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Barcode Education » Code16K
Code 16K was developed by Ted Williams in 1989 to provide a simple to print and decode multiple row symbology. Williams also developed Code 128, and the structure of 16K is based on Code 128. Not coincidentally, 128 squared happened to equal 16,000 or 16K for short. Code 16K resolved an inherent problem with Code 49. Code 49's structure requires a large amount of memory for encoding and decoding tables and algorithms. 16K is a stacked symbology.

Each Code 16K symbol contains from 2 to 16 rows, with 5 ASCII characters per row. Additionally, up to 107 16-row symbols can be concatenated together to allow encoding of up to 8,025 ASCII characters, or 16,050 numeric digits. In the extended mode, the first three characters in each 16 row symbol defines the mode character, the order of the 16 row symbol in the block, and the total number of symbols in the block.

The code is a continuous, variable-length symbology that can encode the complete ASCII 128-character set. The minimum value of the x-dimension is 7.5 mils for a symbol to be read by an unknown reader. Minimum bar height is 8 times the x-dimension The maximum data density is 208 alphanumeric characters per square inch or 417 numeric digits per square inch when the symbol is printed at 7.5 mils. In the health care industry for example, a Code 16K symbol printed with a 7.5 mil x-dimension including a flag character, a 10 digit NCD number, a 5 digit expiration date, and a 10 alphanumeric lot code, would fit in a symbol measuring only .35 inches by .61 inches.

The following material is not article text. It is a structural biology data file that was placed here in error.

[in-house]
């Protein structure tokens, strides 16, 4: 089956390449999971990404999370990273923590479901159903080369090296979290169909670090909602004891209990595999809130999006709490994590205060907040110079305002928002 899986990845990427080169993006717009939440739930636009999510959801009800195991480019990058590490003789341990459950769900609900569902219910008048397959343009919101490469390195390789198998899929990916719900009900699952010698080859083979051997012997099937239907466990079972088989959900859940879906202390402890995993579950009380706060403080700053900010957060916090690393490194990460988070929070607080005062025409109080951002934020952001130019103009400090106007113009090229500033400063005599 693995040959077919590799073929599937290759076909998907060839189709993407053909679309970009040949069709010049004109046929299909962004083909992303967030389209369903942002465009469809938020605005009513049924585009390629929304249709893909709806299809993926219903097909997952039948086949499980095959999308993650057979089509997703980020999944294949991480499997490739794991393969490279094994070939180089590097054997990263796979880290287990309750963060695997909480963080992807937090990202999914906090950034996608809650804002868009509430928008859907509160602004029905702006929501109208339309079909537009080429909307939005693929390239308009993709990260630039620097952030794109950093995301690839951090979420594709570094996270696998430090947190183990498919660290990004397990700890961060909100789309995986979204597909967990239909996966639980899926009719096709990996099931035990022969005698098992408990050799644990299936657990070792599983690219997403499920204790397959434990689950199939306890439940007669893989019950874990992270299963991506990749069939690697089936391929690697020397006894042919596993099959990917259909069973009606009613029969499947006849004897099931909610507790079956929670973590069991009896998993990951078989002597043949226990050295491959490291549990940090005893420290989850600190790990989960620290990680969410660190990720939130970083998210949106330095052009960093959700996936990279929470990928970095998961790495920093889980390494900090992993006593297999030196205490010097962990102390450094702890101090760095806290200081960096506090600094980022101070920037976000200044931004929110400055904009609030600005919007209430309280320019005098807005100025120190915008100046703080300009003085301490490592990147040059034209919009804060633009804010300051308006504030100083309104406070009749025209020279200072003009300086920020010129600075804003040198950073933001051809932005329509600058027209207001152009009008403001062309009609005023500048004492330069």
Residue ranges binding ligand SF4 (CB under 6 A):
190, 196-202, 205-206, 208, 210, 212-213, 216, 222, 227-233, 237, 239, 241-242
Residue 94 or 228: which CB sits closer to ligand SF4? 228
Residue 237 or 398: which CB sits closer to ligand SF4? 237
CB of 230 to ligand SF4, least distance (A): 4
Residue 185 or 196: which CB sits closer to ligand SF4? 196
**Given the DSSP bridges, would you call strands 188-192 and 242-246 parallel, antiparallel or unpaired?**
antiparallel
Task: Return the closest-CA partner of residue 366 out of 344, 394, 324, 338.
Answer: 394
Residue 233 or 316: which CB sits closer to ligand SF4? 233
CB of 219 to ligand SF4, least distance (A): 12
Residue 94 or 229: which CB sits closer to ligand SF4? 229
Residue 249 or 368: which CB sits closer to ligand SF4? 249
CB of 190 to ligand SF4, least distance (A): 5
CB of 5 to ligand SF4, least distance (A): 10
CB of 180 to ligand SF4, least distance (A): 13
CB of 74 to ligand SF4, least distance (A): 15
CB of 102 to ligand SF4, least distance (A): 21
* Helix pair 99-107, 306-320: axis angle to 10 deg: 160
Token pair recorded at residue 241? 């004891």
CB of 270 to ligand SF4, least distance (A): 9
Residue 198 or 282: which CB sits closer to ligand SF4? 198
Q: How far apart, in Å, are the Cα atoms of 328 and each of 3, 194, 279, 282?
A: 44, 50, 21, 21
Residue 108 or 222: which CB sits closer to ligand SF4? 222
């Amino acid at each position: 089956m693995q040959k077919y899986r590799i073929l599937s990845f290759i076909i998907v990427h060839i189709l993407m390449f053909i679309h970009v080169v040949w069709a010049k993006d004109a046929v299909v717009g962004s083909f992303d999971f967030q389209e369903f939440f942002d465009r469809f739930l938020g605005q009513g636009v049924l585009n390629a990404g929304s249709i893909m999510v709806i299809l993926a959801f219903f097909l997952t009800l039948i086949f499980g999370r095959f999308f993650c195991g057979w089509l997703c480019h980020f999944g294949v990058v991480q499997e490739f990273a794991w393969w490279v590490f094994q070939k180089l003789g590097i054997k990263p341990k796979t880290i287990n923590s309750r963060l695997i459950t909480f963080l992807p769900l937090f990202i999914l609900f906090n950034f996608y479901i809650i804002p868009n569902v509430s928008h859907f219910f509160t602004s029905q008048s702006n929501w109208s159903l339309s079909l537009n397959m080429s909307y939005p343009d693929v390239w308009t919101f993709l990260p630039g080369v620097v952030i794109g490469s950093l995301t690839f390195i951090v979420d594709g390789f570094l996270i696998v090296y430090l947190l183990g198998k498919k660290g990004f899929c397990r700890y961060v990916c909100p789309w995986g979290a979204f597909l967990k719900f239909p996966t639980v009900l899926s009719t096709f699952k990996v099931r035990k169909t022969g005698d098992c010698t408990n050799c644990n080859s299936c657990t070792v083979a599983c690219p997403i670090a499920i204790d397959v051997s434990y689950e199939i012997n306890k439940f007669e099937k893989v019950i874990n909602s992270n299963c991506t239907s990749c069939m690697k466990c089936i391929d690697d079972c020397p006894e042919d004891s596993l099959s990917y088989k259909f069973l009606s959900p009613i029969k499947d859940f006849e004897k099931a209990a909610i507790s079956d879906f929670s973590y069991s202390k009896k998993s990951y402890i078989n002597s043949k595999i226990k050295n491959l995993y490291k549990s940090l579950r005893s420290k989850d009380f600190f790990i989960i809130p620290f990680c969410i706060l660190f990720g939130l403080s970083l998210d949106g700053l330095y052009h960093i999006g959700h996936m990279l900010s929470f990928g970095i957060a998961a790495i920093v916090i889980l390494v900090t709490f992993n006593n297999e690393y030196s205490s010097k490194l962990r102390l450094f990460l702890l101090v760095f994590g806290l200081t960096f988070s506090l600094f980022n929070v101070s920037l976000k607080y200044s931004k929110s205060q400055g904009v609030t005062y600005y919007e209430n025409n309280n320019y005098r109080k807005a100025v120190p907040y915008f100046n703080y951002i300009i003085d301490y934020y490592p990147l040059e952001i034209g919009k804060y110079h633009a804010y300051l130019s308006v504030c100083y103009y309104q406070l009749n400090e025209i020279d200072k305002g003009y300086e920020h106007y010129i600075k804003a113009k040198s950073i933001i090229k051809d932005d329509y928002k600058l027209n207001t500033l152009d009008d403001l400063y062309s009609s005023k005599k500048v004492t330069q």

Code 16K symbols can be read by modified moving beam laser or CCD scanners. Rows can be scanned in any order. After the last row has been scanned, the bar code reader automatically puts the information in proper sequence. Labels can be printed by standard printing technologies.

Code 16k is interesting because it's essentially a lot of reverse-video Code128 rows stacked on top of one another, with some bearer bars, start/stop characters, a start symbol, padding, and check symbols thrown in.

Mode Starting Code Set Starting Shift Mode
0 A none
1 B none
2 C none
3 B FNC1
4 C FNC1
5 C none
6 C none
FNC1, or "function 1" means that the data following is to be interpreted as a UPC would be. 1SB and 2SB are "single-shift B" and "double shift B" meaning that the next or next 2 characters are from character set B, respectively. FNCs and Shifts are also defined in the character set.

A Code 16k block may contain up to 16 rows, separated by horizontal bearer bars. The top and bottom of the symbol have longer bearer bars to include a leading and trailing quiet zone. Each row has its own start and stop character and contains 5 symbols. PAD characters must be inserted to make a row contain 5 symbols if necessary.

There are 2 checksums at the end of the code, which are calculated by weighting the sum of the values of each character including the start character.

The first check symbol starts the weighting at 2, and the second starts weighting at 1. Next, take the modulo 107 of the sum. So if you had the character values 22, 10, 15, 20, the two checksums would be:
(2*22 + 3*10 + 4*15 + 5*20) % 107
(1*22 + 2*10 + 3*15 + 4*20) % 107

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